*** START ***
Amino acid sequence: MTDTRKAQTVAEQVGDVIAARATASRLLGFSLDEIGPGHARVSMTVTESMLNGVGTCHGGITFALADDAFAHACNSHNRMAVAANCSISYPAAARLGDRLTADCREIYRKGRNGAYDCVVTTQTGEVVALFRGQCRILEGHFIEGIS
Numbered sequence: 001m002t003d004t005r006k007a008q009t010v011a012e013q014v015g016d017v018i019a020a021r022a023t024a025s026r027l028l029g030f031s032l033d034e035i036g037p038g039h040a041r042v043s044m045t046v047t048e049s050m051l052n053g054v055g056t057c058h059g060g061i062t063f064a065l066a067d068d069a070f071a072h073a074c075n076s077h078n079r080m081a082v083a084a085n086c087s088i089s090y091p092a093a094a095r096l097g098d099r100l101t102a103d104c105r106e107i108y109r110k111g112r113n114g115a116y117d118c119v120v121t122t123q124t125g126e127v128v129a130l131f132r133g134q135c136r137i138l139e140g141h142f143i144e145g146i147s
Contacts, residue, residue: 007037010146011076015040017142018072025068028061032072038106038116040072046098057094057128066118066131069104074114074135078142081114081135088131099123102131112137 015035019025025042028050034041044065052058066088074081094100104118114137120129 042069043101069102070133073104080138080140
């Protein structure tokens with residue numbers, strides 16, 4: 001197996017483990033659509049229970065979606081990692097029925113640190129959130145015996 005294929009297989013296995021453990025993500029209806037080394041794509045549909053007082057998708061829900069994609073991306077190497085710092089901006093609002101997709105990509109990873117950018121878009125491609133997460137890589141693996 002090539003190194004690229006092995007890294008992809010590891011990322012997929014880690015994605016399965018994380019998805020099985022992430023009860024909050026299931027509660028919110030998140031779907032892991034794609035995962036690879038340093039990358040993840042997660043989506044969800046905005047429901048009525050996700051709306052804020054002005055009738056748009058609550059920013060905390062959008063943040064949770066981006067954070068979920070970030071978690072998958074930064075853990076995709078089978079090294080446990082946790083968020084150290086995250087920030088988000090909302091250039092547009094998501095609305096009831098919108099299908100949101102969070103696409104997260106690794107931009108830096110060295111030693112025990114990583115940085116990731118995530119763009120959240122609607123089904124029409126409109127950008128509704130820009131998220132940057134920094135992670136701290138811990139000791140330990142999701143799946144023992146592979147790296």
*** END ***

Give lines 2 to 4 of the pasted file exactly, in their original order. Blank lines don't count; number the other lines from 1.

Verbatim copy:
Numbered sequence: 001m002t003d004t005r006k007a008q009t010v011a012e013q014v015g016d017v018i019a020a021r022a023t024a025s026r027l028l029g030f031s032l033d034e035i036g037p038g039h040a041r042v043s044m045t046v047t048e049s050m051l052n053g054v055g056t057c058h059g060g061i062t063f064a065l066a067d068d069a070f071a072h073a074c075n076s077h078n079r080m081a082v083a084a085n086c087s088i089s090y091p092a093a094a095r096l097g098d099r100l101t102a103d104c105r106e107i108y109r110k111g112r113n114g115a116y117d118c119v120v121t122t123q124t125g126e127v128v129a130l131f132r133g134q135c136r137i138l139e140g141h142f143i144e145g146i147s
Contacts, residue, residue: 007037010146011076015040017142018072025068028061032072038106038116040072046098057094057128066118066131069104074114074135078142081114081135088131099123102131112137 015035019025025042028050034041044065052058066088074081094100104118114137120129 042069043101069102070133073104080138080140
């Protein structure tokens with residue numbers, strides 16, 4: 001197996017483990033659509049229970065979606081990692097029925113640190129959130145015996 005294929009297989013296995021453990025993500029209806037080394041794509045549909053007082057998708061829900069994609073991306077190497085710092089901006093609002101997709105990509109990873117950018121878009125491609133997460137890589141693996 002090539003190194004690229006092995007890294008992809010590891011990322012997929014880690015994605016399965018994380019998805020099985022992430023009860024909050026299931027509660028919110030998140031779907032892991034794609035995962036690879038340093039990358040993840042997660043989506044969800046905005047429901048009525050996700051709306052804020054002005055009738056748009058609550059920013060905390062959008063943040064949770066981006067954070068979920070970030071978690072998958074930064075853990076995709078089978079090294080446990082946790083968020084150290086995250087920030088988000090909302091250039092547009094998501095609305096009831098919108099299908100949101102969070103696409104997260106690794107931009108830096110060295111030693112025990114990583115940085116990731118995530119763009120959240122609607123089904124029409126409109127950008128509704130820009131998220132940057134920094135992670136701290138811990139000791140330990142999701143799946144023992146592979147790296």